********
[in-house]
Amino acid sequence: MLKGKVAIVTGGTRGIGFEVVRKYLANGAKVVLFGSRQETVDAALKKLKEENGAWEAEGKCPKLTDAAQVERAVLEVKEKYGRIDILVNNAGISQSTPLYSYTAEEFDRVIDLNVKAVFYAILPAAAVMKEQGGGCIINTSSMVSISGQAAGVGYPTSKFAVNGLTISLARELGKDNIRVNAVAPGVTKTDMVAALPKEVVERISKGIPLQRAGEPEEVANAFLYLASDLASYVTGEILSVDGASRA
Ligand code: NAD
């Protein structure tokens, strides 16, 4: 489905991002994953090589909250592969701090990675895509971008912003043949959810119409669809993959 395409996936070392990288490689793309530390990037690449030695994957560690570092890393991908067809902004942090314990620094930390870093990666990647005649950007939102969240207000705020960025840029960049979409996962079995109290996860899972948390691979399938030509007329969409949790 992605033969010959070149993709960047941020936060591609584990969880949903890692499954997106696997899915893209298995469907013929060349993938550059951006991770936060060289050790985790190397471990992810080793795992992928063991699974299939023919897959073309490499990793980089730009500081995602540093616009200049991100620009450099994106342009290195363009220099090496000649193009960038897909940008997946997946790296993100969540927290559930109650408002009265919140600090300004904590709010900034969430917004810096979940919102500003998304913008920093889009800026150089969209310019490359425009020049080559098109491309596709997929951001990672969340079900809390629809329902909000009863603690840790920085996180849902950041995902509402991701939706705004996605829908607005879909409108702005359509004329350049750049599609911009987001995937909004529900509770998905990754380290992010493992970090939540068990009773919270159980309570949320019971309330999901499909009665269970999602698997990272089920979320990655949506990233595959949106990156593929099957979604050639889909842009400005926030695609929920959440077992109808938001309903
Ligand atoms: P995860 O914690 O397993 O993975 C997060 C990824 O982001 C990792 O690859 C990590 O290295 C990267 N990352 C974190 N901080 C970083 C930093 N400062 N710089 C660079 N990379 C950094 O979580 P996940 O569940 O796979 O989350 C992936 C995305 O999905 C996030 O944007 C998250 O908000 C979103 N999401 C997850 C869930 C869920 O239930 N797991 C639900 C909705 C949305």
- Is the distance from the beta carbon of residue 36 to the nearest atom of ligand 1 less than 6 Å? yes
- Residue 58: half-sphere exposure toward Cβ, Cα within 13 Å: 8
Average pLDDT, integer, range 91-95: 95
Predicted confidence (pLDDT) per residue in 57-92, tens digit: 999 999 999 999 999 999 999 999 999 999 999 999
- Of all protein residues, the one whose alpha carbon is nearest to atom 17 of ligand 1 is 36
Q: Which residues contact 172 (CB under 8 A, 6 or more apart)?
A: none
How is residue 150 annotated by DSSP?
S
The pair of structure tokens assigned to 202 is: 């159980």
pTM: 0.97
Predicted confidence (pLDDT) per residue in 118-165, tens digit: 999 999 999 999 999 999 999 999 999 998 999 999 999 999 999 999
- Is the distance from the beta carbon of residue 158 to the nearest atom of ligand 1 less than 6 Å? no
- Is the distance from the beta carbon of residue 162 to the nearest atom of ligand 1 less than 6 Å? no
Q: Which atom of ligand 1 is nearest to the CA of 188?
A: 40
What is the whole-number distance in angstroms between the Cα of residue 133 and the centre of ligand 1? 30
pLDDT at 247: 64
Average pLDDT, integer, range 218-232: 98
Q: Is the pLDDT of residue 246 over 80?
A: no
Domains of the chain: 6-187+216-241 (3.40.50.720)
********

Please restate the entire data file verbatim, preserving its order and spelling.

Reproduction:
[in-house]
Amino acid sequence: MLKGKVAIVTGGTRGIGFEVVRKYLANGAKVVLFGSRQETVDAALKKLKEENGAWEAEGKCPKLTDAAQVERAVLEVKEKYGRIDILVNNAGISQSTPLYSYTAEEFDRVIDLNVKAVFYAILPAAAVMKEQGGGCIINTSSMVSISGQAAGVGYPTSKFAVNGLTISLARELGKDNIRVNAVAPGVTKTDMVAALPKEVVERISKGIPLQRAGEPEEVANAFLYLASDLASYVTGEILSVDGASRA
Ligand code: NAD
């Protein structure tokens, strides 16, 4: 489905991002994953090589909250592969701090990675895509971008912003043949959810119409669809993959 395409996936070392990288490689793309530390990037690449030695994957560690570092890393991908067809902004942090314990620094930390870093990666990647005649950007939102969240207000705020960025840029960049979409996962079995109290996860899972948390691979399938030509007329969409949790 992605033969010959070149993709960047941020936060591609584990969880949903890692499954997106696997899915893209298995469907013929060349993938550059951006991770936060060289050790985790190397471990992810080793795992992928063991699974299939023919897959073309490499990793980089730009500081995602540093616009200049991100620009450099994106342009290195363009220099090496000649193009960038897909940008997946997946790296993100969540927290559930109650408002009265919140600090300004904590709010900034969430917004810096979940919102500003998304913008920093889009800026150089969209310019490359425009020049080559098109491309596709997929951001990672969340079900809390629809329902909000009863603690840790920085996180849902950041995902509402991701939706705004996605829908607005879909409108702005359509004329350049750049599609911009987001995937909004529900509770998905990754380290992010493992970090939540068990009773919270159980309570949320019971309330999901499909009665269970999602698997990272089920979320990655949506990233595959949106990156593929099957979604050639889909842009400005926030695609929920959440077992109808938001309903
Ligand atoms: P995860 O914690 O397993 O993975 C997060 C990824 O982001 C990792 O690859 C990590 O290295 C990267 N990352 C974190 N901080 C970083 C930093 N400062 N710089 C660079 N990379 C950094 O979580 P996940 O569940 O796979 O989350 C992936 C995305 O999905 C996030 O944007 C998250 O908000 C979103 N999401 C997850 C869930 C869920 O239930 N797991 C639900 C909705 C949305």
- Is the distance from the beta carbon of residue 36 to the nearest atom of ligand 1 less than 6 Å? yes
- Residue 58: half-sphere exposure toward Cβ, Cα within 13 Å: 8
Average pLDDT, integer, range 91-95: 95
Predicted confidence (pLDDT) per residue in 57-92, tens digit: 999 999 999 999 999 999 999 999 999 999 999 999
- Of all protein residues, the one whose alpha carbon is nearest to atom 17 of ligand 1 is 36
Q: Which residues contact 172 (CB under 8 A, 6 or more apart)?
A: none
How is residue 150 annotated by DSSP?
S
The pair of structure tokens assigned to 202 is: 């159980």
pTM: 0.97
Predicted confidence (pLDDT) per residue in 118-165, tens digit: 999 999 999 999 999 999 999 999 999 998 999 999 999 999 999 999
- Is the distance from the beta carbon of residue 158 to the nearest atom of ligand 1 less than 6 Å? no
- Is the distance from the beta carbon of residue 162 to the nearest atom of ligand 1 less than 6 Å? no
Q: Which atom of ligand 1 is nearest to the CA of 188?
A: 40
What is the whole-number distance in angstroms between the Cα of residue 133 and the centre of ligand 1? 30
pLDDT at 247: 64
Average pLDDT, integer, range 218-232: 98
Q: Is the pLDDT of residue 246 over 80?
A: no
Domains of the chain: 6-187+216-241 (3.40.50.720)